Tucker’s purpose in recalling the old restaurant was to mention that Jacques, “one of the great restaurateurs of an older, mellower and perhaps more genteel time,” was opening his new restaurant. “Perhaps by the time this reaches you the Café des Gourmets, in 56th street, will have opened its doors with Jacques Bustanoby at the door to greet you. There will be no Anna Helds, Richard Harding Davises, Jim Bradys, or Dana Gibsons to sit around the tables and spin airy brocades of fancy, but the Bustanoby manner will be in evidence, and that is all that ever mattered anyway.”
The swanky restaurant did not last long, however. Before Jacques Bustanoby’s death on March 23, 1942, it had been shut down. For more than a decade the Swann Auction Galleries occupied the space; then in 1954 the first floor became a furniture store, the second continued as an auction gallery, and the third floor home to a photographic studio.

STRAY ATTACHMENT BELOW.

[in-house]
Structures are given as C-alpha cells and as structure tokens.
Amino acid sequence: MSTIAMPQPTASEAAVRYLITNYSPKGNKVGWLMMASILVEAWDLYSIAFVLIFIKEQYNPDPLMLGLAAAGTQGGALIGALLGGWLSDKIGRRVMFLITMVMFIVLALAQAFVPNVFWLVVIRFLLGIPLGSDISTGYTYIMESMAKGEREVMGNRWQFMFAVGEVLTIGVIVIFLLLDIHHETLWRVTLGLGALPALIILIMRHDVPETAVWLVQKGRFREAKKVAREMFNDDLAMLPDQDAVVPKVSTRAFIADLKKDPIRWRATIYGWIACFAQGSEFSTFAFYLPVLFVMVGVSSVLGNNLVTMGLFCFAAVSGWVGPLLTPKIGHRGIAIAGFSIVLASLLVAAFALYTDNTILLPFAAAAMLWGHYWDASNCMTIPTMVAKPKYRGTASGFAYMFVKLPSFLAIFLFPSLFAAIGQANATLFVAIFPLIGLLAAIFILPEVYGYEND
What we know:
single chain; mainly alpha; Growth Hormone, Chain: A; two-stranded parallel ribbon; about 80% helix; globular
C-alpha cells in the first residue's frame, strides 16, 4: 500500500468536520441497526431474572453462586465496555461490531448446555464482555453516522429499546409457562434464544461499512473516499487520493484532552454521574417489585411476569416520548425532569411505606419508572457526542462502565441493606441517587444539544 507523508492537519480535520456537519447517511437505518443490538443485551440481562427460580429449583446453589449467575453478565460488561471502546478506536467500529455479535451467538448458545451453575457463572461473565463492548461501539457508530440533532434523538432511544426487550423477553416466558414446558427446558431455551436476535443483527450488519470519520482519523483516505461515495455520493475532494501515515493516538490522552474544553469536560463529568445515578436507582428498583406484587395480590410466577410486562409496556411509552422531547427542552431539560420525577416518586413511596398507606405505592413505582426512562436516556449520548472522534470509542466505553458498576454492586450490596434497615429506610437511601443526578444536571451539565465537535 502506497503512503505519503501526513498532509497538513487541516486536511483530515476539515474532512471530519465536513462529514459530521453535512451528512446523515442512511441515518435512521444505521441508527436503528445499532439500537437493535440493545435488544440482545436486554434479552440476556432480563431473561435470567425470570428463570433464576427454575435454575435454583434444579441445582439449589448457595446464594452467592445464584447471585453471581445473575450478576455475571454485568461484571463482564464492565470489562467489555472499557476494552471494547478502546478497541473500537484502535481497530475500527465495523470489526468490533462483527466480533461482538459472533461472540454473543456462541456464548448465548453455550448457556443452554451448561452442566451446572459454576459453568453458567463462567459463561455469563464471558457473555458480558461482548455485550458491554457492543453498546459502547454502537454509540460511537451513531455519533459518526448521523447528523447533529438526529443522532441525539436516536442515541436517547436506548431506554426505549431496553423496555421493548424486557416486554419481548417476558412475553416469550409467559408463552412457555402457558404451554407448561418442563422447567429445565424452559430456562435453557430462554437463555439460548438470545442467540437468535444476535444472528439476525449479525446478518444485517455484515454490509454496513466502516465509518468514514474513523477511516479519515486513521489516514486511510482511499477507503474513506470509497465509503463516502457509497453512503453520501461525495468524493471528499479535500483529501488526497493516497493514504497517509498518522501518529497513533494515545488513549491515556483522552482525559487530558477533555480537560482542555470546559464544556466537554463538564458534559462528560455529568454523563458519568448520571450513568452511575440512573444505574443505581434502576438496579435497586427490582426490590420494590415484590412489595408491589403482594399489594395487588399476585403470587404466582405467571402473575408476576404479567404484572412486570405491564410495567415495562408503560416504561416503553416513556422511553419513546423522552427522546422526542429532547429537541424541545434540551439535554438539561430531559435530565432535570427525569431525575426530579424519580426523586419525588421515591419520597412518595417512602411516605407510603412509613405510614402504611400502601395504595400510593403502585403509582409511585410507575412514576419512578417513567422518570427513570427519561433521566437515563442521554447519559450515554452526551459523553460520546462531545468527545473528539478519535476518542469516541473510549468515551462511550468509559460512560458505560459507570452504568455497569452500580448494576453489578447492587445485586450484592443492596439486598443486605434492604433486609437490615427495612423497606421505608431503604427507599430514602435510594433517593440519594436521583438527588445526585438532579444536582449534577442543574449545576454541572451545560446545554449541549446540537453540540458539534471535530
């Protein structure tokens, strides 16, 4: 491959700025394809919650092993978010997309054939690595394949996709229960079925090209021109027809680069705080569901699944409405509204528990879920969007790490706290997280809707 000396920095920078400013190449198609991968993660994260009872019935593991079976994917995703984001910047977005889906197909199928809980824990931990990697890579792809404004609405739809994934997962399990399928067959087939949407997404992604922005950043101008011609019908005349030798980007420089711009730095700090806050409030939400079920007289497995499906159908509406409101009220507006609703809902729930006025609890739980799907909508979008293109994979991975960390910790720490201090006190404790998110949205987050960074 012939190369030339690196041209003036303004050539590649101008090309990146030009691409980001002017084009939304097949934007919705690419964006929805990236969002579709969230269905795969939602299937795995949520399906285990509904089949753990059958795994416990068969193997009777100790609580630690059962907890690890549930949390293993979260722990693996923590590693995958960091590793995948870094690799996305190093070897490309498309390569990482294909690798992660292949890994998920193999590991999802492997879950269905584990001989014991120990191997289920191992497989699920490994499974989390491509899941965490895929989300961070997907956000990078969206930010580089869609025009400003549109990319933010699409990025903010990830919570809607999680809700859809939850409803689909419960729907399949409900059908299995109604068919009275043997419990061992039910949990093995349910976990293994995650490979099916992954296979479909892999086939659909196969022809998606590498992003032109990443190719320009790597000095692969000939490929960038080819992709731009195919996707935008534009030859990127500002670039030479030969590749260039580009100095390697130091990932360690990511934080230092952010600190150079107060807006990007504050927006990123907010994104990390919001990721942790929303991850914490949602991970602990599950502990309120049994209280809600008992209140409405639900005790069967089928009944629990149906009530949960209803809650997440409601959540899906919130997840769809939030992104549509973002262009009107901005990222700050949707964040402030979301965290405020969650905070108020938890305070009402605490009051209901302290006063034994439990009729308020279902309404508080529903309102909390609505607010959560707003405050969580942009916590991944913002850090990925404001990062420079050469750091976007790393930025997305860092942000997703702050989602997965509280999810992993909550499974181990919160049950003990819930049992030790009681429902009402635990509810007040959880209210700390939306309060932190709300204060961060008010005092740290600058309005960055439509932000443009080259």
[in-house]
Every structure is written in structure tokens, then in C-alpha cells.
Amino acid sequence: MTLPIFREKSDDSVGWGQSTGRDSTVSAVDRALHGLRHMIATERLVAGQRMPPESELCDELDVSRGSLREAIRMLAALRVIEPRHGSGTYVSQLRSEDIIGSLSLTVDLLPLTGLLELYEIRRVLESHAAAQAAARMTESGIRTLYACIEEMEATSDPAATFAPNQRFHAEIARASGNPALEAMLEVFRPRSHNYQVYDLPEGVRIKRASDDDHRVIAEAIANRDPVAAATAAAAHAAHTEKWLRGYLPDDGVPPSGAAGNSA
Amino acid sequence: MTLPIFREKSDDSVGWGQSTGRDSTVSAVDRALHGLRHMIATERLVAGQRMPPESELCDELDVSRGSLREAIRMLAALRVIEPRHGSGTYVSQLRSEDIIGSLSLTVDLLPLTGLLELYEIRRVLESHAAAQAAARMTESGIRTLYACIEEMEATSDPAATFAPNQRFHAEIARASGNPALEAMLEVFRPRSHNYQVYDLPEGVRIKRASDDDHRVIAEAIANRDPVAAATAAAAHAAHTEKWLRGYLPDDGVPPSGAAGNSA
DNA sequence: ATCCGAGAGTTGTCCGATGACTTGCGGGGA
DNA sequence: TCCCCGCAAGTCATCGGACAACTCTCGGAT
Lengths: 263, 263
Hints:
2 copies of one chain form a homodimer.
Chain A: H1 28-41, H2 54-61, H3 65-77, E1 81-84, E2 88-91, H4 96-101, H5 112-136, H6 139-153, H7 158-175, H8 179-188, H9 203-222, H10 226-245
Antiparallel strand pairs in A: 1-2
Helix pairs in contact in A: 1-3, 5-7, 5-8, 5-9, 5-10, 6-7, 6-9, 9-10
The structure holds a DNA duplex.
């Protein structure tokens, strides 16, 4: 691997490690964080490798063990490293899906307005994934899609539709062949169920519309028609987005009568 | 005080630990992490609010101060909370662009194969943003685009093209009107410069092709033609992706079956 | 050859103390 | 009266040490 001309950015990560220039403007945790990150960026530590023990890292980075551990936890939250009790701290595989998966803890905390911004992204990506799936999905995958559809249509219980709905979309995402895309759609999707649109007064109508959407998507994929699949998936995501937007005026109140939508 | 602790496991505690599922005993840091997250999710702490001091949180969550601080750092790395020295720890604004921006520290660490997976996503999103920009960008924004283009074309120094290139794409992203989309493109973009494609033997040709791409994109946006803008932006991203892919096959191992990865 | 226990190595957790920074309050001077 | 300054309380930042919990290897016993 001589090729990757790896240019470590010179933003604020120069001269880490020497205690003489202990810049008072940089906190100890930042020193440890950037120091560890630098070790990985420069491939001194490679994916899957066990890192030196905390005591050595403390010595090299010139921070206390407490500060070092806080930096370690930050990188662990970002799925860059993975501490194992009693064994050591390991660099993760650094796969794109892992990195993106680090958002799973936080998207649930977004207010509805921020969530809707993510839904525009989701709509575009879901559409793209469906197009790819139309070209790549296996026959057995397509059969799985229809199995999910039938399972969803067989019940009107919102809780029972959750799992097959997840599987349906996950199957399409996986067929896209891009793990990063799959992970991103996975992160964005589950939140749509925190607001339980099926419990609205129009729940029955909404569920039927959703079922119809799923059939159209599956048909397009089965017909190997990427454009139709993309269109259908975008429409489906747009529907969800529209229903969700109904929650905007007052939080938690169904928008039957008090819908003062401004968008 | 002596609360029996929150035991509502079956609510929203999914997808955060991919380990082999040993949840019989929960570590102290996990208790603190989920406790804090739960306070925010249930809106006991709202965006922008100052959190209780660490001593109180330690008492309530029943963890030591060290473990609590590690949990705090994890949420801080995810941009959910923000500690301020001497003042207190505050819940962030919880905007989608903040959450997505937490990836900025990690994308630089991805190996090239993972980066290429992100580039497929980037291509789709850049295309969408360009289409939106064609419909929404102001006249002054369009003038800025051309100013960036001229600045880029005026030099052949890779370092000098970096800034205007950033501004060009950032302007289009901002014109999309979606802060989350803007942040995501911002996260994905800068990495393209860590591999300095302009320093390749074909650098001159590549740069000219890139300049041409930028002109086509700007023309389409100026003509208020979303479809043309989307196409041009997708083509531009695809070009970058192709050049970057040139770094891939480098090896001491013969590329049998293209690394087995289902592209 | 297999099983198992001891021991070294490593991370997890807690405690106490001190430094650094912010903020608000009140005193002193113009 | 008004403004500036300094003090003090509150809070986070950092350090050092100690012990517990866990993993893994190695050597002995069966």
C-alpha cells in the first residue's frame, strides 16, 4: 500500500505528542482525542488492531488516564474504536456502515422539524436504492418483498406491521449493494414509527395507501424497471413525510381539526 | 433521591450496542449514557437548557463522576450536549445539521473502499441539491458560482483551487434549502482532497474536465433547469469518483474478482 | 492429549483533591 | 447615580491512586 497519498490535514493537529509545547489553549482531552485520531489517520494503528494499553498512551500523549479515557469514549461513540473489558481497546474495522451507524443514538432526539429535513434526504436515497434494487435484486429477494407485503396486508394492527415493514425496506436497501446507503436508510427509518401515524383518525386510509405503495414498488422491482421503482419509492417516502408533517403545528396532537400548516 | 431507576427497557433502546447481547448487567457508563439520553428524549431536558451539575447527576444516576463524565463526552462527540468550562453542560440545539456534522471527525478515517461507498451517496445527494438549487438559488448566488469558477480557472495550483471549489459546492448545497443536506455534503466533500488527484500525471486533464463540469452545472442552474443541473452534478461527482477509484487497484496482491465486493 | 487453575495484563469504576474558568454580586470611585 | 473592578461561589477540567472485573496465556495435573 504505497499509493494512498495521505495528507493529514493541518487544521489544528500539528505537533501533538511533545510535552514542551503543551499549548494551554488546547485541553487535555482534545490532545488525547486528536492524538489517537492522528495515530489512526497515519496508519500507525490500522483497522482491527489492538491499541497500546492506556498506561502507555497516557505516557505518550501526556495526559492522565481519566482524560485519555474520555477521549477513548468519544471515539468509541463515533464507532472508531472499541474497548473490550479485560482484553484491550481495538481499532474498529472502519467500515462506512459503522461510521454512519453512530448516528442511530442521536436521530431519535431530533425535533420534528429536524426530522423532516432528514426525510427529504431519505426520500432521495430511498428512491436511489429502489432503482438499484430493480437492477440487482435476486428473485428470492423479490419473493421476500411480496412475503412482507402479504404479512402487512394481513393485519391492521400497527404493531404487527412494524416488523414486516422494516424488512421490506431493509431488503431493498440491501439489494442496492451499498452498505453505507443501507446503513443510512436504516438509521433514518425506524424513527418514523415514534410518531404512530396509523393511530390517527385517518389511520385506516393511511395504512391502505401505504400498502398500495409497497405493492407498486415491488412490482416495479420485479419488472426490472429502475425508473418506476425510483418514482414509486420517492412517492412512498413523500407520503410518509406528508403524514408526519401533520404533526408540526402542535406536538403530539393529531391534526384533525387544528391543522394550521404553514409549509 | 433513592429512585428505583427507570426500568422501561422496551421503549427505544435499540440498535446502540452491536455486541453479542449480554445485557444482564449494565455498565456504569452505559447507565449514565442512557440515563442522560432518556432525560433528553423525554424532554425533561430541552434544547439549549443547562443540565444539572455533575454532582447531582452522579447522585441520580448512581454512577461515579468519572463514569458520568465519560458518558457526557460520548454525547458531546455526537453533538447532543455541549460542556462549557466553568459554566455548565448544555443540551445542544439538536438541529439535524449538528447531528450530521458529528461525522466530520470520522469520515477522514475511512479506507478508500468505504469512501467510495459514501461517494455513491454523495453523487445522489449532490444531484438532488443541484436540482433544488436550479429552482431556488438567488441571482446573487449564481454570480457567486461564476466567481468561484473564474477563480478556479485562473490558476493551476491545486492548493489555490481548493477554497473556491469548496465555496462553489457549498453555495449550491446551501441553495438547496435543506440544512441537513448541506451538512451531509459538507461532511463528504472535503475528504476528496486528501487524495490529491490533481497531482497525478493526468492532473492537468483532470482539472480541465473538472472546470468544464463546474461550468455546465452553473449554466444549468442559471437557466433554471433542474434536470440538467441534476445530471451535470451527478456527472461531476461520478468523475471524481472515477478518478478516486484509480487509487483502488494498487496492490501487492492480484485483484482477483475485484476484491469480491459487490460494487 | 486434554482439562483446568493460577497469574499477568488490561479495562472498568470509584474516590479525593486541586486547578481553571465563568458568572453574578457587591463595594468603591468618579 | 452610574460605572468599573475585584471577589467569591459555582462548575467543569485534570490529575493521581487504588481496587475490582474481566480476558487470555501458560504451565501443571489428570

For years, starting in 1961, the first and second floors No. 148 East 56th Street were leased by Forum Floors, Inc. The lease was taken over in 1976 by International Printworks, fabric manufacturers. Its street level store was called Fabrications.
When the hair salon Studio International took over the former photographic studio on the third floor in 1976, it made history of sorts. Women of color had always gone to all-black beauty parlors where their hair was treated with chemicals, heat and styling products to mimic white hair. And those salons were certainly not located in fashionable Midtown Manhattan.
Studio International was a “cooperative of black and white stylists.” The civil rights movement had inspired a cultural movement, “black is beautiful,” which encouraged black women to embrace their heritage and wear their hair natural. Studio International’s three black stylists specialized in Afros, braiding and other current styles.
In 1988 The New York Times announced that another hair salon, Bumble & Bumble, had opened in the building. The stylists offered “makeovers” that involved two sessions for the then pricey $150. The salon remains in the space two decades later.
Charles Gifford’s handsome brick stable building is hidden away among apartment and office buildings; a remarkable relic with an equally remarkable history.
photographs by the author